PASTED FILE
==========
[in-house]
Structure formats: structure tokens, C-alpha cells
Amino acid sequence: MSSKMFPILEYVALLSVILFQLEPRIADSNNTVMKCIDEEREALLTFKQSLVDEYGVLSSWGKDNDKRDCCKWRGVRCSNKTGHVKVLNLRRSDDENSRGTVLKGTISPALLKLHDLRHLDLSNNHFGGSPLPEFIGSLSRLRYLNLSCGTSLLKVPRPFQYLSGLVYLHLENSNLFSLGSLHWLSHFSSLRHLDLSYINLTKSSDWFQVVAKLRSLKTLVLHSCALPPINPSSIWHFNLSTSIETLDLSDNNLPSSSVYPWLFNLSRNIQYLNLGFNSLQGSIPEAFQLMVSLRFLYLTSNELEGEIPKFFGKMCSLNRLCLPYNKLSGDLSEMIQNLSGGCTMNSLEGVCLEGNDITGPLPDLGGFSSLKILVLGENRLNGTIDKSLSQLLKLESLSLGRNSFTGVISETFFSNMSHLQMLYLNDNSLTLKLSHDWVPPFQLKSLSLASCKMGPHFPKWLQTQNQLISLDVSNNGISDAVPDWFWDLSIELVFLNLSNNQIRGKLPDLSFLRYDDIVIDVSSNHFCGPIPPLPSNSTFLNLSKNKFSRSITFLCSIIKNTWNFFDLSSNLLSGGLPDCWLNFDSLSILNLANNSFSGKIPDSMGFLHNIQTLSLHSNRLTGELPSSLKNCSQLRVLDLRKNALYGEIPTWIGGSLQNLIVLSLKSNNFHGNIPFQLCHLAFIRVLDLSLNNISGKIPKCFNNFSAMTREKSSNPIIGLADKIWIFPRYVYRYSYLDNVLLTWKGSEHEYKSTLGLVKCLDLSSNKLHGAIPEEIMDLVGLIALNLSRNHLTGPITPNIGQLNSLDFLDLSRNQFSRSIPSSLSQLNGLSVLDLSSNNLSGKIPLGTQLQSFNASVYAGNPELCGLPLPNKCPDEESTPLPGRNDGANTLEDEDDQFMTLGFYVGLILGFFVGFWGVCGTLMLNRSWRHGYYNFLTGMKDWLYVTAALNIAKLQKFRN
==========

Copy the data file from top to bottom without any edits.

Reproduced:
[in-house]
Structure formats: structure tokens, C-alpha cells
Amino acid sequence: MSSKMFPILEYVALLSVILFQLEPRIADSNNTVMKCIDEEREALLTFKQSLVDEYGVLSSWGKDNDKRDCCKWRGVRCSNKTGHVKVLNLRRSDDENSRGTVLKGTISPALLKLHDLRHLDLSNNHFGGSPLPEFIGSLSRLRYLNLSCGTSLLKVPRPFQYLSGLVYLHLENSNLFSLGSLHWLSHFSSLRHLDLSYINLTKSSDWFQVVAKLRSLKTLVLHSCALPPINPSSIWHFNLSTSIETLDLSDNNLPSSSVYPWLFNLSRNIQYLNLGFNSLQGSIPEAFQLMVSLRFLYLTSNELEGEIPKFFGKMCSLNRLCLPYNKLSGDLSEMIQNLSGGCTMNSLEGVCLEGNDITGPLPDLGGFSSLKILVLGENRLNGTIDKSLSQLLKLESLSLGRNSFTGVISETFFSNMSHLQMLYLNDNSLTLKLSHDWVPPFQLKSLSLASCKMGPHFPKWLQTQNQLISLDVSNNGISDAVPDWFWDLSIELVFLNLSNNQIRGKLPDLSFLRYDDIVIDVSSNHFCGPIPPLPSNSTFLNLSKNKFSRSITFLCSIIKNTWNFFDLSSNLLSGGLPDCWLNFDSLSILNLANNSFSGKIPDSMGFLHNIQTLSLHSNRLTGELPSSLKNCSQLRVLDLRKNALYGEIPTWIGGSLQNLIVLSLKSNNFHGNIPFQLCHLAFIRVLDLSLNNISGKIPKCFNNFSAMTREKSSNPIIGLADKIWIFPRYVYRYSYLDNVLLTWKGSEHEYKSTLGLVKCLDLSSNKLHGAIPEEIMDLVGLIALNLSRNHLTGPITPNIGQLNSLDFLDLSRNQFSRSIPSSLSQLNGLSVLDLSSNNLSGKIPLGTQLQSFNASVYAGNPELCGLPLPNKCPDEESTPLPGRNDGANTLEDEDDQFMTLGFYVGLILGFFVGFWGVCGTLMLNRSWRHGYYNFLTGMKDWLYVTAALNIAKLQKFRN